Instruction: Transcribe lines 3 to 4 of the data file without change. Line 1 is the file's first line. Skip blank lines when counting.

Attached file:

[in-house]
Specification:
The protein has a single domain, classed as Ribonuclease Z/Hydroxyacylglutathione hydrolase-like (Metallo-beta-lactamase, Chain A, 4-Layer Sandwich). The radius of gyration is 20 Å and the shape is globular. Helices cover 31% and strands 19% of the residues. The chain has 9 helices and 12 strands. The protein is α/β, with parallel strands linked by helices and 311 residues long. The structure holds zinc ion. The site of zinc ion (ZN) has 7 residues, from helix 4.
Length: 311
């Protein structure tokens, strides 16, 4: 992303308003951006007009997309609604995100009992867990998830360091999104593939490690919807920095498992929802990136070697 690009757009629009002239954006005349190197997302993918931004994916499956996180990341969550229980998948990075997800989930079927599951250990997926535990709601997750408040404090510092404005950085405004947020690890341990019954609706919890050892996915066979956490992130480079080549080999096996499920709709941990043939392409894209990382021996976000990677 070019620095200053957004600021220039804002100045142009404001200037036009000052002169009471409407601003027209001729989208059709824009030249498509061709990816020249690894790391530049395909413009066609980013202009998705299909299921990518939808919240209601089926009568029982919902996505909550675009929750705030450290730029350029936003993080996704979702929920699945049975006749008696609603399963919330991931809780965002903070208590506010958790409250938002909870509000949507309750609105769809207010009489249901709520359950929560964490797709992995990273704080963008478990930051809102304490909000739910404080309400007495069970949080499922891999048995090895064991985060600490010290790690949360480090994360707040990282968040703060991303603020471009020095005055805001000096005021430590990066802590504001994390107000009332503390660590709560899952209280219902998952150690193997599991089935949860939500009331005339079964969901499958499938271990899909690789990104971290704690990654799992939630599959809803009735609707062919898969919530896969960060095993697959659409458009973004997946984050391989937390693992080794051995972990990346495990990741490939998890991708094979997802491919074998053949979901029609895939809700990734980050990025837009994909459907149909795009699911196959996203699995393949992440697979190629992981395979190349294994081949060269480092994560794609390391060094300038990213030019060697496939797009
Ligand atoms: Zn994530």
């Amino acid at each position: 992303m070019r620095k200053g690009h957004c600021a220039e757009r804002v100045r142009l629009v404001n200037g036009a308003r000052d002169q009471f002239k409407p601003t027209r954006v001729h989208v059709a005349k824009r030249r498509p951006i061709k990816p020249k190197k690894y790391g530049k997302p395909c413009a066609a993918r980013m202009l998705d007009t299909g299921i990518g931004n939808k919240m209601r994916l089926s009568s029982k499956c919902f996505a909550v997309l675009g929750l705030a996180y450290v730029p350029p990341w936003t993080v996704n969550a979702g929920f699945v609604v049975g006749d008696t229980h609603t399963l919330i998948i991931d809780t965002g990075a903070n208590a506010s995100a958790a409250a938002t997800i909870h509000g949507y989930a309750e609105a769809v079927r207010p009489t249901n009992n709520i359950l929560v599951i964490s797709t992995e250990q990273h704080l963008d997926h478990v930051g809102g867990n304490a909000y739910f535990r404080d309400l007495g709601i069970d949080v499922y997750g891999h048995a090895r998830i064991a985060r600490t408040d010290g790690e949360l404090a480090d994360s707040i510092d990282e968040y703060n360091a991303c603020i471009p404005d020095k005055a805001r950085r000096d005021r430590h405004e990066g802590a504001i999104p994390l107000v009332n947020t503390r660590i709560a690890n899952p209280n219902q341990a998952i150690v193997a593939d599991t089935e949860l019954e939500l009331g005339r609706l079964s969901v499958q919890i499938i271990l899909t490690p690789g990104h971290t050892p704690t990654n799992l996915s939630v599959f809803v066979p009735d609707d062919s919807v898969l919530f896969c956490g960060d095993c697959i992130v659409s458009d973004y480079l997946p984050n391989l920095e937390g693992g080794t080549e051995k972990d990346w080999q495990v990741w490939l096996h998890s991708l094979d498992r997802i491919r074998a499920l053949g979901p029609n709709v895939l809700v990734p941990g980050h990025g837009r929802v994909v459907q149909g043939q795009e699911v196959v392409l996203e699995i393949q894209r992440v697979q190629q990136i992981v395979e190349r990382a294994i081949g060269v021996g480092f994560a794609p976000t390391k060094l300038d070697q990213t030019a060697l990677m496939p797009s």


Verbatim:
The protein has a single domain, classed as Ribonuclease Z/Hydroxyacylglutathione hydrolase-like (Metallo-beta-lactamase, Chain A, 4-Layer Sandwich). The radius of gyration is 20 Å and the shape is globular. Helices cover 31% and strands 19% of the residues. The chain has 9 helices and 12 strands. The protein is α/β, with parallel strands linked by helices and 311 residues long. The structure holds zinc ion. The site of zinc ion (ZN) has 7 residues, from helix 4.
Length: 311